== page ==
He’d left her ratty, one-room place smelling like the coffee he’d made and and the dump he’d taken, left her leaning against the door after him wondering what the fuck. He’d kissed her and smiled, an impish smile at one corner of his mouth. She’d returned the gesture with a gratuitous half-smile. She needed money. He offered, but she couldn’t take it from him. She needed way more money than he could imagine. What good would his ten or twenty do? Please. Even if she took extra money each time he came, she wasn’t good at saving up money.
She pushed off from the door and scuffed into the dinky bathroom to take a piss. She flushed the toilet and scuffed past the seven-foot strip of kitchen. She ignored the overflowing trash can, the dirty stove, the full ashtray and empty booze bottles on the flip-down table. She kicked some clothes aside and flopped down onto the mattress on the floor. Her head was killing her. No, the money would have to come in one whopping amount or not at all. She was waiting for a miracle to happen. She’d know it when she saw it.
It was a gorgeous day in the park. She walked over to one of the choicest park benches, one of the ones overlooking the water. She sat down and took note of an abandoned newspaper that’d been worked over and folded open to the Local News section. She recognized a man in one of the pictures. It was her old college professor, Darvor Alben. She picked up the paper for a closer look. At 75, he’d been found stabbed to death just a few feet from the steps outside his apartment building.
Professor Alben had been the most amazing professor in the English department. He was wild-eyed and so full of vigor and genuine enthusiasm it was infectious. The way he worded everything made you hold your breath until he took a breath. When he’d finished, at the end of each class, he’d bow slightly with his hands together in front of his chest. And we’d all file out of the room in awesome silence, reverence.
This professor, this beloved man, had won so many awards. He had been a champion of literacy and of ecological awareness before it’d become fashionable. He’d done so much for humanity directly and through his students and had come to this sordid end. How could that be?
Just last week Ruthey had read about the loathsome former CEO of Havershend Media. At the ripe age of 95, he’d passed peacefully away with his prodigious family members flowing in and around the chiffon curtains and lavish accoutrements of his bedside area.
But then, she’d also read about that wicked hedge fund manager, Dickie Garber, being shot to death by a psycho outside the Piggly Wiggly on 5th and Main.
It didn’t seem to matter. There seemed to be no correlation between how you died and what you did, who you were. That thought made her feel so painfully small, insignificant, irreversibly sad. Professor Alben deserved a lovely, sweet death, not to suffer being stabbed by a drug addict thirty-seven times before he finally, mercifully, died.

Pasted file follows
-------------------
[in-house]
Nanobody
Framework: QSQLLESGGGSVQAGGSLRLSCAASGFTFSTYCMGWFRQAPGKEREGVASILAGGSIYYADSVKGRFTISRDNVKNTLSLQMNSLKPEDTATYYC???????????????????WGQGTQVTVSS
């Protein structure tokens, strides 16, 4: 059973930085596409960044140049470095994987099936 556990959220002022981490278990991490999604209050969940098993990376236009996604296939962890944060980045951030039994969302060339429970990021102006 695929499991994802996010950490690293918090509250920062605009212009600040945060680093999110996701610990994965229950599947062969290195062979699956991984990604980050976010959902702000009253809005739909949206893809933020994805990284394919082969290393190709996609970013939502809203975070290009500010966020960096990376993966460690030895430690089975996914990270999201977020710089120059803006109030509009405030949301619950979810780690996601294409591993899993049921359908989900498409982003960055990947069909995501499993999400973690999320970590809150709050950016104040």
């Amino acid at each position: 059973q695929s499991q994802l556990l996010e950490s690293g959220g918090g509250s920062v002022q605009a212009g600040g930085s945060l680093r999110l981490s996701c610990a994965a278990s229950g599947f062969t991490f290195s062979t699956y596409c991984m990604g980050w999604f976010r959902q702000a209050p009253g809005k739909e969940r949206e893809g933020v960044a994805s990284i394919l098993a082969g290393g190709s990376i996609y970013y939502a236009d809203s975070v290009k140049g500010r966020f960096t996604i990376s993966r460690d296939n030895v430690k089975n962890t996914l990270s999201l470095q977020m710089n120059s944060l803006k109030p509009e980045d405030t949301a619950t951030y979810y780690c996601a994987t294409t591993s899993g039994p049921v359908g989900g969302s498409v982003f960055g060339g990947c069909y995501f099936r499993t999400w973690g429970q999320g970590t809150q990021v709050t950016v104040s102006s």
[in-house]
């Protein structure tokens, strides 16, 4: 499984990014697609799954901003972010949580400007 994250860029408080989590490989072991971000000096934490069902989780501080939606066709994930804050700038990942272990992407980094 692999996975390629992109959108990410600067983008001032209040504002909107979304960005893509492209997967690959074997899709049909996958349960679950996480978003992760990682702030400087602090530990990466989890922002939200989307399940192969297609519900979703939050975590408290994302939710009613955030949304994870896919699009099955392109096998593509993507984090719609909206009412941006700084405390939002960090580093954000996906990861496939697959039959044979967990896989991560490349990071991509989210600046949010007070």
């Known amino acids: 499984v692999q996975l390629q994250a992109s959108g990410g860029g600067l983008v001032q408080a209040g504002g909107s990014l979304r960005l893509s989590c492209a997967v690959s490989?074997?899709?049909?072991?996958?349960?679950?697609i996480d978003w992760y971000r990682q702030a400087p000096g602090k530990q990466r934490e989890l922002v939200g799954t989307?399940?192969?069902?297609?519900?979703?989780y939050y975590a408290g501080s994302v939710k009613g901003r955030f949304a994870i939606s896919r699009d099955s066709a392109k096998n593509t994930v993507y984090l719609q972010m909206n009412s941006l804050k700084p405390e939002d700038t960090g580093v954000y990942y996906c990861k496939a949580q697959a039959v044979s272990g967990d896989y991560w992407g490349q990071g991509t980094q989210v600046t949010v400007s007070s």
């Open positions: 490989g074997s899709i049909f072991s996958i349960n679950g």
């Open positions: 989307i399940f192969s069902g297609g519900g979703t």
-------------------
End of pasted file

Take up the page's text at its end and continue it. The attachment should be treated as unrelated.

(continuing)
Ruthey thought about what her own death would be like. She was fully aware of the option she held in her own hands, to make that choice. But she didn’t. She didn’t because she thought maybe things would turn around for her, maybe go back up from down.
She thought maybe she’d get her old teaching job back, or maybe get a better one at a more prestigious college. She thought maybe then she could get her car back. And she thought maybe she could get her old house back, too, or maybe a nicer one in an even nicer neighborhood.
She didn’t make the choice about dying because she was waiting for a miracle to happen.
Little opportunities had dropped into her lap since she left the house, proof that God watches over the young and the stupid. Lord knows she’d had no clue what she wanted to do with her life, no practical thoughts regarding what means of making a living she might find fulfilling. There had been only thoughts of stars without the willingness to build a rocket ship. She fooled herself into thinking there’d be plenty of time for that. And no lack of material things gave her no cause to stretch past an easy reach.
Used to be, she just followed a string of opportunity, hand over hand, until it stopped. And when it did, she might float for a nanosecond before her hand would brush up against another string, a new string, a new beginning, and that was enough. It became not enough very sneakily, so apparently benignly over a period of so many years that she didn’t take it seriously. While she was denying, resentment was building. Resentment stirred rebellion, and together they pushed, moved, hand over fist, until, in one unthinking flourish, she cut the string.
CUT TO BLACK
VOICEOVER – Blackness followed. LeeAnn saw but dimly that she was floating in a thick soup of black, of extreme heat, then extreme cold, nothing in between. Much time passed. Material things waned. And no string was seen or felt, not even a tickle, or a suggestion of one. She made feeble efforts to locate materials to make her own string and expected God to do the rest like He used to, but nothing was happening. She guessed feeble didn’t cut it anymore, not now that she was no longer young and stupid. She was waiting for a miracle to happen. She felt relatively sure that she’d know it if she saw it…
Woman on park bench with dog, titled “devotion,” subtitled, “To my first pet, Birba” http://flickr.com/photos/58647476@N00/2053347832 from MadMärk’s photostream. See more of MadMärk’s work at http://flickr.com/photos/madmark/.